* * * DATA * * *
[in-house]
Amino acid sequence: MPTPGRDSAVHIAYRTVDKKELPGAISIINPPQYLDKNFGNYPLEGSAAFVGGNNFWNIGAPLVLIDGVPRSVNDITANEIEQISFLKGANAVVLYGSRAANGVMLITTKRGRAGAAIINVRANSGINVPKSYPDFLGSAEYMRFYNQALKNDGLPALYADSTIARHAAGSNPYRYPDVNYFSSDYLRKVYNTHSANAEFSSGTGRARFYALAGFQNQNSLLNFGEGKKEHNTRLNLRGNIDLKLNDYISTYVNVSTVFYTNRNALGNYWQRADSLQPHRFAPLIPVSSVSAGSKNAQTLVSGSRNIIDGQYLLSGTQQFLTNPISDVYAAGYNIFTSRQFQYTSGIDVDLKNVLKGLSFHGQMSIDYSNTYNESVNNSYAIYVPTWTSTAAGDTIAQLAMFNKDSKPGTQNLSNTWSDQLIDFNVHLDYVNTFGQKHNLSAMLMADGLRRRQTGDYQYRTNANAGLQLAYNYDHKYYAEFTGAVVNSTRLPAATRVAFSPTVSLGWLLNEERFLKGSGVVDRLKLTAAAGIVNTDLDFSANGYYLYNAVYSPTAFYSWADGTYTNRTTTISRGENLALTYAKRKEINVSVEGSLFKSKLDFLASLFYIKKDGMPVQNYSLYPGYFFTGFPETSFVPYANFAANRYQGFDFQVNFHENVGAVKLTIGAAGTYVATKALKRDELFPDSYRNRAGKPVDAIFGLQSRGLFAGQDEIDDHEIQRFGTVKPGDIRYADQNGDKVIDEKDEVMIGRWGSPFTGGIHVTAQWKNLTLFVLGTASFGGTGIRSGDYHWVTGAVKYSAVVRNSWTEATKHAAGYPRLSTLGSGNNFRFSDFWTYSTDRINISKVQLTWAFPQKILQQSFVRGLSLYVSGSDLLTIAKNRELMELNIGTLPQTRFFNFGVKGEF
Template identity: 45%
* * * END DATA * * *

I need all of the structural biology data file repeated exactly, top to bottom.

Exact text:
[in-house]
Amino acid sequence: MPTPGRDSAVHIAYRTVDKKELPGAISIINPPQYLDKNFGNYPLEGSAAFVGGNNFWNIGAPLVLIDGVPRSVNDITANEIEQISFLKGANAVVLYGSRAANGVMLITTKRGRAGAAIINVRANSGINVPKSYPDFLGSAEYMRFYNQALKNDGLPALYADSTIARHAAGSNPYRYPDVNYFSSDYLRKVYNTHSANAEFSSGTGRARFYALAGFQNQNSLLNFGEGKKEHNTRLNLRGNIDLKLNDYISTYVNVSTVFYTNRNALGNYWQRADSLQPHRFAPLIPVSSVSAGSKNAQTLVSGSRNIIDGQYLLSGTQQFLTNPISDVYAAGYNIFTSRQFQYTSGIDVDLKNVLKGLSFHGQMSIDYSNTYNESVNNSYAIYVPTWTSTAAGDTIAQLAMFNKDSKPGTQNLSNTWSDQLIDFNVHLDYVNTFGQKHNLSAMLMADGLRRRQTGDYQYRTNANAGLQLAYNYDHKYYAEFTGAVVNSTRLPAATRVAFSPTVSLGWLLNEERFLKGSGVVDRLKLTAAAGIVNTDLDFSANGYYLYNAVYSPTAFYSWADGTYTNRTTTISRGENLALTYAKRKEINVSVEGSLFKSKLDFLASLFYIKKDGMPVQNYSLYPGYFFTGFPETSFVPYANFAANRYQGFDFQVNFHENVGAVKLTIGAAGTYVATKALKRDELFPDSYRNRAGKPVDAIFGLQSRGLFAGQDEIDDHEIQRFGTVKPGDIRYADQNGDKVIDEKDEVMIGRWGSPFTGGIHVTAQWKNLTLFVLGTASFGGTGIRSGDYHWVTGAVKYSAVVRNSWTEATKHAAGYPRLSTLGSGNNFRFSDFWTYSTDRINISKVQLTWAFPQKILQQSFVRGLSLYVSGSDLLTIAKNRELMELNIGTLPQTRFFNFGVKGEF
Template identity: 45%